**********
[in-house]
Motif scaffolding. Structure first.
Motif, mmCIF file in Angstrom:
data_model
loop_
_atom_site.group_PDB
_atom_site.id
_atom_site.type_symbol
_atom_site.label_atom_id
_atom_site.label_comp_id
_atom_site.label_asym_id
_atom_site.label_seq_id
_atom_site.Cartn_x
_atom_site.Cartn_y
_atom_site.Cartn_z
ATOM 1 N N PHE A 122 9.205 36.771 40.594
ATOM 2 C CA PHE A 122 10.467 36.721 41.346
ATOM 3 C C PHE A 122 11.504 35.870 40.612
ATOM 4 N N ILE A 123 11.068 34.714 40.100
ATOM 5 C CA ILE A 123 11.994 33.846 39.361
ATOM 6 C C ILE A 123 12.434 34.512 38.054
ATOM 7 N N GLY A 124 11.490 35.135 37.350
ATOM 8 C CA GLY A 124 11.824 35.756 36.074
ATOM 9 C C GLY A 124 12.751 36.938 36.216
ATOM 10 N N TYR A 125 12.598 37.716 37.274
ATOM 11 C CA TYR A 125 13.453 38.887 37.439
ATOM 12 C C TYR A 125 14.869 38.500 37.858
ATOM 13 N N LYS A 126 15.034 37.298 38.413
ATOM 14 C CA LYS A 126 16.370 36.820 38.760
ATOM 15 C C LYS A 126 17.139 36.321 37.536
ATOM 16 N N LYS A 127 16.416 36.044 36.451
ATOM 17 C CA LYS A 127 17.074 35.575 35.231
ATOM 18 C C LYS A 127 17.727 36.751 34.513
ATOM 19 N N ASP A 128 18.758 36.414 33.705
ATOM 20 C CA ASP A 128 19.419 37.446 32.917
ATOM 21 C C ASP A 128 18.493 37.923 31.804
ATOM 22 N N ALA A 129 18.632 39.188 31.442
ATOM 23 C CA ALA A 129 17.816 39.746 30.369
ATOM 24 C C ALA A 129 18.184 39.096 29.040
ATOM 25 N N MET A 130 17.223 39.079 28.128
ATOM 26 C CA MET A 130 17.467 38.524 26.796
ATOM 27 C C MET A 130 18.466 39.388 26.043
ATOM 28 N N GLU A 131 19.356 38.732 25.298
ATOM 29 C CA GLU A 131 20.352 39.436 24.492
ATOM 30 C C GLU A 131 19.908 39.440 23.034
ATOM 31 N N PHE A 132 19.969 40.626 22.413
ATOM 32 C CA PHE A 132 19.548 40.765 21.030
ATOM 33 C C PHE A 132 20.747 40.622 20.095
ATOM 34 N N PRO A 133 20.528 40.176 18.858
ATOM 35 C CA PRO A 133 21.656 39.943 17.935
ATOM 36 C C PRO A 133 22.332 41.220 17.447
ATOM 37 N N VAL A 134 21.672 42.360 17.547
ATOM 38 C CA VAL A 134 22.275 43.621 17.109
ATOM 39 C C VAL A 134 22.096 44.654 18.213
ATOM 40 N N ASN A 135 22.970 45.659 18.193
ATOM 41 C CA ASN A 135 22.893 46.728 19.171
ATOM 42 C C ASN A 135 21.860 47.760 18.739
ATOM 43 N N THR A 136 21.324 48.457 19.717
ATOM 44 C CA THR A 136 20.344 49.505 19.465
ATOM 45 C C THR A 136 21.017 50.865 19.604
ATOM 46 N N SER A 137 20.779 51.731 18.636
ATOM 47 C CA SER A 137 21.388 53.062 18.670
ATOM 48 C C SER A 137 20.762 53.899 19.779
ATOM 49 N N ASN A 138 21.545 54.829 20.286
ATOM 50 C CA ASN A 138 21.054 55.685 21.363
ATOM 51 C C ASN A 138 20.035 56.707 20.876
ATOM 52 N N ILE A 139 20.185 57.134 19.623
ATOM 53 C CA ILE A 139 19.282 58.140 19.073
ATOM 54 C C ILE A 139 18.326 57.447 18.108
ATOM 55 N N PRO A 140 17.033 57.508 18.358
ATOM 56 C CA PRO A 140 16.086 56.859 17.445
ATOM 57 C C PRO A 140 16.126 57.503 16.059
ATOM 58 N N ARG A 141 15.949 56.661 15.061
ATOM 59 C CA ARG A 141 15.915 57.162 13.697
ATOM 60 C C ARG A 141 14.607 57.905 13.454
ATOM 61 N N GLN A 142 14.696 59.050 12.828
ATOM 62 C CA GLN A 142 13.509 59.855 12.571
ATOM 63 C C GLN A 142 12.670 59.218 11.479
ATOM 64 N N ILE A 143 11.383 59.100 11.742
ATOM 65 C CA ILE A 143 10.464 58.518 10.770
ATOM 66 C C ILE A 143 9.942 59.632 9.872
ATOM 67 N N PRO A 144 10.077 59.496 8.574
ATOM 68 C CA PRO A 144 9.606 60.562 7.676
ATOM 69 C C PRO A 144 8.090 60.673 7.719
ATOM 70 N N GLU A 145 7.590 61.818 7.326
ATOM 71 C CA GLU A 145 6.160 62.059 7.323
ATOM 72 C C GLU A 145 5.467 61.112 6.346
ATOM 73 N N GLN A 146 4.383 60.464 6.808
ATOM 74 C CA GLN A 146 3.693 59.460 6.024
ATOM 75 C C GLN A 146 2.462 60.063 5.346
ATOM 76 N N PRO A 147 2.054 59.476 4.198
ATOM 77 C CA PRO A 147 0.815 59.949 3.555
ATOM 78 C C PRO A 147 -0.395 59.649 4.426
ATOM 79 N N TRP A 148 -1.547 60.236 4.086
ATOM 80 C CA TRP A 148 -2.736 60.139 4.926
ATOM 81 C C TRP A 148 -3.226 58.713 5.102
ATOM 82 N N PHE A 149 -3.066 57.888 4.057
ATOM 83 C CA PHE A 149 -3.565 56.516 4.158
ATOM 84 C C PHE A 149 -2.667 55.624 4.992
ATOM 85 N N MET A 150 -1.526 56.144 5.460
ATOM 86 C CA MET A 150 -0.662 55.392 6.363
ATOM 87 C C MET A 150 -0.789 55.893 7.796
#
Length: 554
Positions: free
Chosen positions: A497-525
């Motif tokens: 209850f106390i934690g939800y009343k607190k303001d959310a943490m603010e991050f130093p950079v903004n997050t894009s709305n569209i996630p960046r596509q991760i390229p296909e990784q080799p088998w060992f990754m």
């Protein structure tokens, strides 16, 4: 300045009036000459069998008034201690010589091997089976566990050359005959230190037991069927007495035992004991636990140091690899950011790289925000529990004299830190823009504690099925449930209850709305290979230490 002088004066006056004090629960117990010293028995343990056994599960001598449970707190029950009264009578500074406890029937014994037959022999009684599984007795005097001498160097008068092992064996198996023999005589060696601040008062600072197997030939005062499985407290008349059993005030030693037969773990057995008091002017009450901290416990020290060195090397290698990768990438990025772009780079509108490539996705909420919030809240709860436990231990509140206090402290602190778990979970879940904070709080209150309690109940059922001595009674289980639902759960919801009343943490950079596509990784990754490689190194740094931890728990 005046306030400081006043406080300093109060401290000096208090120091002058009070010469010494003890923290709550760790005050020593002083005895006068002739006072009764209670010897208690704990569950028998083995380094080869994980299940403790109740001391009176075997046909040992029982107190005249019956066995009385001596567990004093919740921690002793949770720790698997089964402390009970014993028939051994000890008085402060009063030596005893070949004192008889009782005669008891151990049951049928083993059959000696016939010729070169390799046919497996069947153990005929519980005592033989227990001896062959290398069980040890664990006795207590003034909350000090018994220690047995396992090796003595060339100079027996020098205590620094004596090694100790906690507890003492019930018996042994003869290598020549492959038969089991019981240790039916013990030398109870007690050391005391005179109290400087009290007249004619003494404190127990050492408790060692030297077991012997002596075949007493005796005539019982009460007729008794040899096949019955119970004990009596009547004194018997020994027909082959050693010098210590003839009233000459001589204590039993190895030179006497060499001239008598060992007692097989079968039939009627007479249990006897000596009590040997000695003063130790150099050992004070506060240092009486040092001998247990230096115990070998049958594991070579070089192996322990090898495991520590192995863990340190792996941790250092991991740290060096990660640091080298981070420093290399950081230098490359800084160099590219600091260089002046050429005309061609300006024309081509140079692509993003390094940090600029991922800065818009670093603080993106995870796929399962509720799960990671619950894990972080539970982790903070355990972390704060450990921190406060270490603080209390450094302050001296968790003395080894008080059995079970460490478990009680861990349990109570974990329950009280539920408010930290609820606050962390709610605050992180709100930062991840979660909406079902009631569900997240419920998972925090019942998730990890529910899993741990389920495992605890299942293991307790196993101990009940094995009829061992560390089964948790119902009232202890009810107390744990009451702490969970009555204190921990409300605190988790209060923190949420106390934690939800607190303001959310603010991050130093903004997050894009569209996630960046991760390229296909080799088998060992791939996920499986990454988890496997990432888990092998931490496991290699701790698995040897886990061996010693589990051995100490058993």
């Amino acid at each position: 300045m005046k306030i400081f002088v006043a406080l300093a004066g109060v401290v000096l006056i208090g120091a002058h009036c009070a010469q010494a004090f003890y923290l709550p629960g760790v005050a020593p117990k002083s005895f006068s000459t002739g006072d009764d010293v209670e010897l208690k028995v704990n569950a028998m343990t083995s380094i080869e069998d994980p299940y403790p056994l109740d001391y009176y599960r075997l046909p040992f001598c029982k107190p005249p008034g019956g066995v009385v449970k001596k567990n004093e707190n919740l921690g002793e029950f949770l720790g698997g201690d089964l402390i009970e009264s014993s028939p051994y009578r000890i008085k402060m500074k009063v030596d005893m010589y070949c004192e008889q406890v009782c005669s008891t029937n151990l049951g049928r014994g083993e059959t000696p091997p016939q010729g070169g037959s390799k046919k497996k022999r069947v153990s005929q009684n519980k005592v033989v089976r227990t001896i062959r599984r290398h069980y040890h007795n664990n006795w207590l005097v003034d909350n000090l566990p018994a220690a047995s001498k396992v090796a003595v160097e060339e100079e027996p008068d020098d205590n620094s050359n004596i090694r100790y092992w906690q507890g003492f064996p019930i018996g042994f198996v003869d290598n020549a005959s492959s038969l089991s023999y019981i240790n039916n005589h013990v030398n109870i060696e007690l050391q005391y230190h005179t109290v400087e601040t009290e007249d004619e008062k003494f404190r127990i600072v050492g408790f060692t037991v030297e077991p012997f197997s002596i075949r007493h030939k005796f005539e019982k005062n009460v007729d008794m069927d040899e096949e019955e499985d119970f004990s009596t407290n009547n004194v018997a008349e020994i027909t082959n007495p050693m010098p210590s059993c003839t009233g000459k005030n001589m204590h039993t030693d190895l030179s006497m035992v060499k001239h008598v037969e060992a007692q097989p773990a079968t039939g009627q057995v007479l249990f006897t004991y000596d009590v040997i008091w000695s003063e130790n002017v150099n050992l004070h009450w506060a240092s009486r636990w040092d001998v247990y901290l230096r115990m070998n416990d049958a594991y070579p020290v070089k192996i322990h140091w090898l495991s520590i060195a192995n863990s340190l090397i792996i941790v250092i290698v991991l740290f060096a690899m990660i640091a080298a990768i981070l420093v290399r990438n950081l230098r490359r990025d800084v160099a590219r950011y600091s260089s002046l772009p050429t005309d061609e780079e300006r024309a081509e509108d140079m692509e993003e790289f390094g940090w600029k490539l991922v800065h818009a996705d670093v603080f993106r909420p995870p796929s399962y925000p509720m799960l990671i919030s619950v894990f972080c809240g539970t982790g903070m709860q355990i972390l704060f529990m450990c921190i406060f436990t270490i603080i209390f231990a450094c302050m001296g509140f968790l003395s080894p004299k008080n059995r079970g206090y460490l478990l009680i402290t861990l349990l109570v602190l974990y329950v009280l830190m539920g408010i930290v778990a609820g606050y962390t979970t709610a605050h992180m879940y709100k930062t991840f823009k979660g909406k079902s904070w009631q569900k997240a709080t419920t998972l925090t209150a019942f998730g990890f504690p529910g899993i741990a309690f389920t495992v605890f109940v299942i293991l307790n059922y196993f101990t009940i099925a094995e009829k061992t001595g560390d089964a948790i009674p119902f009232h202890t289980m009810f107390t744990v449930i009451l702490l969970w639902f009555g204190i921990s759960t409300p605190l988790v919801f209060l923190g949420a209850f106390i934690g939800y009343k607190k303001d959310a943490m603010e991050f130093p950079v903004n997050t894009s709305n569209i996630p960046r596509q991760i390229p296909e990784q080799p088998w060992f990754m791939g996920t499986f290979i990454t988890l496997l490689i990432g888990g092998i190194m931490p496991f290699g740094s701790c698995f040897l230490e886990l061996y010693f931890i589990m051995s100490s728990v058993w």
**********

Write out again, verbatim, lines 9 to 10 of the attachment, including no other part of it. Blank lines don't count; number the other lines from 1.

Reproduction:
_atom_site.label_atom_id
_atom_site.label_comp_id